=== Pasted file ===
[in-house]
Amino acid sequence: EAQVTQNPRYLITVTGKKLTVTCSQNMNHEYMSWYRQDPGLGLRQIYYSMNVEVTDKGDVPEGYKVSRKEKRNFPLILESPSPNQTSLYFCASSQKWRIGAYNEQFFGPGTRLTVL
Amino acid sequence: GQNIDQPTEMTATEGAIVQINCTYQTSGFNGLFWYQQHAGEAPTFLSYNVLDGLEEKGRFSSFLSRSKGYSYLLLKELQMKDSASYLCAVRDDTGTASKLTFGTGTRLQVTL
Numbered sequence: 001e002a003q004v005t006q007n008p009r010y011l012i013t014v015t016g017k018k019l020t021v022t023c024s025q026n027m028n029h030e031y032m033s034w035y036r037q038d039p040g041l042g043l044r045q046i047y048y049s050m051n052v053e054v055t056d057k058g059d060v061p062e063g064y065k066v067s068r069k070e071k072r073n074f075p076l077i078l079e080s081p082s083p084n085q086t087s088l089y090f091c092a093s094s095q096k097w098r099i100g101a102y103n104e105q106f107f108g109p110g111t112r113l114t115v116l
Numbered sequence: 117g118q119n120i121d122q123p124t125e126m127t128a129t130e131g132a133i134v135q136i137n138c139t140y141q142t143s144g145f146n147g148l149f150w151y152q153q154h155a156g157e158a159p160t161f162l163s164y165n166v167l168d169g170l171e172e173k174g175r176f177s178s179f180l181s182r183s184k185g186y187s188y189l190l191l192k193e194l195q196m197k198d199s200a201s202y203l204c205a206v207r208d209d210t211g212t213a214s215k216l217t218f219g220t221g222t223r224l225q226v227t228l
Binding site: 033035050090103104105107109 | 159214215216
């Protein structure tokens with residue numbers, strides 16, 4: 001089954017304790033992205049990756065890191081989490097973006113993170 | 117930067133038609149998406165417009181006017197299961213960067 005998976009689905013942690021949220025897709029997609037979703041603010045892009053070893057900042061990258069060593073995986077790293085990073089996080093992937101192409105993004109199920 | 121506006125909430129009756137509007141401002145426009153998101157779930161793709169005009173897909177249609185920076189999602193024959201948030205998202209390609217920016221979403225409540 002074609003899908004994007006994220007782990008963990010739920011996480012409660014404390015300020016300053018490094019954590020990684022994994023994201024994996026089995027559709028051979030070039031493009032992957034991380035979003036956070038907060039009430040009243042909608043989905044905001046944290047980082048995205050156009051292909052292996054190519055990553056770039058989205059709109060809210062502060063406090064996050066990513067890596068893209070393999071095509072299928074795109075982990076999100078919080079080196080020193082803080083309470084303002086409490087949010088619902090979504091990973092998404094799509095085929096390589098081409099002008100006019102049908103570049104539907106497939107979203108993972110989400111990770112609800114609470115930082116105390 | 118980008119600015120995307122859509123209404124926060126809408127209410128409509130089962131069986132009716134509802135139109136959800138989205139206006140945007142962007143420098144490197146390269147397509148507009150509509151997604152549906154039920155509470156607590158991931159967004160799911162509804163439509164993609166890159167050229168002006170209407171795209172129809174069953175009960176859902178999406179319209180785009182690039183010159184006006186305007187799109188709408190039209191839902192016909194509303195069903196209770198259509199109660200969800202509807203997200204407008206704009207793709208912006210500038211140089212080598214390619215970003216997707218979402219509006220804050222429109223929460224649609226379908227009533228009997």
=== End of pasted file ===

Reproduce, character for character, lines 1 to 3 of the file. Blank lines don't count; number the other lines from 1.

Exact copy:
[in-house]
Amino acid sequence: EAQVTQNPRYLITVTGKKLTVTCSQNMNHEYMSWYRQDPGLGLRQIYYSMNVEVTDKGDVPEGYKVSRKEKRNFPLILESPSPNQTSLYFCASSQKWRIGAYNEQFFGPGTRLTVL
Amino acid sequence: GQNIDQPTEMTATEGAIVQINCTYQTSGFNGLFWYQQHAGEAPTFLSYNVLDGLEEKGRFSSFLSRSKGYSYLLLKELQMKDSASYLCAVRDDTGTASKLTFGTGTRLQVTL